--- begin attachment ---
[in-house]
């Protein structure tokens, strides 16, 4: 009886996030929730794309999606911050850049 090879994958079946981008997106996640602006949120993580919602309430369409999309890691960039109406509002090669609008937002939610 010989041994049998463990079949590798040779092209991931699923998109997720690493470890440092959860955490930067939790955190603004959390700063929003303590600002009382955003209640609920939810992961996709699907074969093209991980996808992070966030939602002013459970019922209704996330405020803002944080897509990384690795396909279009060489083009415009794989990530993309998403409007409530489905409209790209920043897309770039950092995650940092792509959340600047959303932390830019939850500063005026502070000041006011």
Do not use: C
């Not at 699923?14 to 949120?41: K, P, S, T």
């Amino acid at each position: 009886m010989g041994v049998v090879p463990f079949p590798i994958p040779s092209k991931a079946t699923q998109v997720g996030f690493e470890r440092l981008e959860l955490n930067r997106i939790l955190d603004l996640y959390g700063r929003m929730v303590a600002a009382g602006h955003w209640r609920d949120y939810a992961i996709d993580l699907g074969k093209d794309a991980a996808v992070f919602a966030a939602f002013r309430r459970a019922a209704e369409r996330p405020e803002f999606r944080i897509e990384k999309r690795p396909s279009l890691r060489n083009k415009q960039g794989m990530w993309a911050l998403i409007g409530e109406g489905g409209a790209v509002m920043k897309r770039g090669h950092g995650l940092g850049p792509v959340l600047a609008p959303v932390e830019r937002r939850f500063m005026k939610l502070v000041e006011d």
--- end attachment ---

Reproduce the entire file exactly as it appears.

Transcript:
[in-house]
């Protein structure tokens, strides 16, 4: 009886996030929730794309999606911050850049 090879994958079946981008997106996640602006949120993580919602309430369409999309890691960039109406509002090669609008937002939610 010989041994049998463990079949590798040779092209991931699923998109997720690493470890440092959860955490930067939790955190603004959390700063929003303590600002009382955003209640609920939810992961996709699907074969093209991980996808992070966030939602002013459970019922209704996330405020803002944080897509990384690795396909279009060489083009415009794989990530993309998403409007409530489905409209790209920043897309770039950092995650940092792509959340600047959303932390830019939850500063005026502070000041006011």
Do not use: C
């Not at 699923?14 to 949120?41: K, P, S, T």
């Amino acid at each position: 009886m010989g041994v049998v090879p463990f079949p590798i994958p040779s092209k991931a079946t699923q998109v997720g996030f690493e470890r440092l981008e959860l955490n930067r997106i939790l955190d603004l996640y959390g700063r929003m929730v303590a600002a009382g602006h955003w209640r609920d949120y939810a992961i996709d993580l699907g074969k093209d794309a991980a996808v992070f919602a966030a939602f002013r309430r459970a019922a209704e369409r996330p405020e803002f999606r944080i897509e990384k999309r690795p396909s279009l890691r060489n083009k415009q960039g794989m990530w993309a911050l998403i409007g409530e109406g489905g409209a790209v509002m920043k897309r770039g090669h950092g995650l940092g850049p792509v959340l600047a609008p959303v932390e830019r937002r939850f500063m005026k939610l502070v000041e006011d």